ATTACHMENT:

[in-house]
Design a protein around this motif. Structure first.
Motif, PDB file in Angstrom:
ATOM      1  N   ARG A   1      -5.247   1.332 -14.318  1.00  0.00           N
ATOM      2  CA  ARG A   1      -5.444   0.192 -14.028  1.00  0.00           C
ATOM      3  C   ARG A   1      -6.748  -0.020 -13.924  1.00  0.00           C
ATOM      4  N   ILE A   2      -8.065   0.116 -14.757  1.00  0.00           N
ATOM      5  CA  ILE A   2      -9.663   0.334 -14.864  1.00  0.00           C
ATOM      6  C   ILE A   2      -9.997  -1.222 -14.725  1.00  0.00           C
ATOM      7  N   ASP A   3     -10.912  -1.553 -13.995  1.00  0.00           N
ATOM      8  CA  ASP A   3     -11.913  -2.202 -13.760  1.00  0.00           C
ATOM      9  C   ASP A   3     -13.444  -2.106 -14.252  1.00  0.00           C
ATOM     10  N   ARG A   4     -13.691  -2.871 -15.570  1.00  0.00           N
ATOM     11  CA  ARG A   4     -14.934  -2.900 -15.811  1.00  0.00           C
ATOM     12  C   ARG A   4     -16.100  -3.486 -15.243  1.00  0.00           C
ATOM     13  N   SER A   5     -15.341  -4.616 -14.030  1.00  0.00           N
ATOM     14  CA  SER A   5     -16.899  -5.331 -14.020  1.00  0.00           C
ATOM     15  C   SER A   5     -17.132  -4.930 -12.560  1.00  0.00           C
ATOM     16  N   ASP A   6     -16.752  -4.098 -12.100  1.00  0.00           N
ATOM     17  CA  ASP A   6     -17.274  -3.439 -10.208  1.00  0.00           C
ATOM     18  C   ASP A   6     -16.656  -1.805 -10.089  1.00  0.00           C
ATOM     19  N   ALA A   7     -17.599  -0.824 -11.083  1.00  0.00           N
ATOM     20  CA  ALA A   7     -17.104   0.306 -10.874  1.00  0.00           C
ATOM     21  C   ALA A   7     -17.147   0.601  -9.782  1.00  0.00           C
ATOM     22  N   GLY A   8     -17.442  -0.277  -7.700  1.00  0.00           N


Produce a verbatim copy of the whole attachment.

[in-house]
Design a protein around this motif. Structure first.
Motif, PDB file in Angstrom:
ATOM      1  N   ARG A   1      -5.247   1.332 -14.318  1.00  0.00           N
ATOM      2  CA  ARG A   1      -5.444   0.192 -14.028  1.00  0.00           C
ATOM      3  C   ARG A   1      -6.748  -0.020 -13.924  1.00  0.00           C
ATOM      4  N   ILE A   2      -8.065   0.116 -14.757  1.00  0.00           N
ATOM      5  CA  ILE A   2      -9.663   0.334 -14.864  1.00  0.00           C
ATOM      6  C   ILE A   2      -9.997  -1.222 -14.725  1.00  0.00           C
ATOM      7  N   ASP A   3     -10.912  -1.553 -13.995  1.00  0.00           N
ATOM      8  CA  ASP A   3     -11.913  -2.202 -13.760  1.00  0.00           C
ATOM      9  C   ASP A   3     -13.444  -2.106 -14.252  1.00  0.00           C
ATOM     10  N   ARG A   4     -13.691  -2.871 -15.570  1.00  0.00           N
ATOM     11  CA  ARG A   4     -14.934  -2.900 -15.811  1.00  0.00           C
ATOM     12  C   ARG A   4     -16.100  -3.486 -15.243  1.00  0.00           C
ATOM     13  N   SER A   5     -15.341  -4.616 -14.030  1.00  0.00           N
ATOM     14  CA  SER A   5     -16.899  -5.331 -14.020  1.00  0.00           C
ATOM     15  C   SER A   5     -17.132  -4.930 -12.560  1.00  0.00           C
ATOM     16  N   ASP A   6     -16.752  -4.098 -12.100  1.00  0.00           N
ATOM     17  CA  ASP A   6     -17.274  -3.439 -10.208  1.00  0.00           C
ATOM     18  C   ASP A   6     -16.656  -1.805 -10.089  1.00  0.00           C
ATOM     19  N   ALA A   7     -17.599  -0.824 -11.083  1.00  0.00           N
ATOM     20  CA  ALA A   7     -17.104   0.306 -10.874  1.00  0.00           C
ATOM     21  C   ALA A   7     -17.147   0.601  -9.782  1.00  0.00           C
ATOM     22  N   GLY A   8     -17.442  -0.277  -7.700  1.00  0.00           N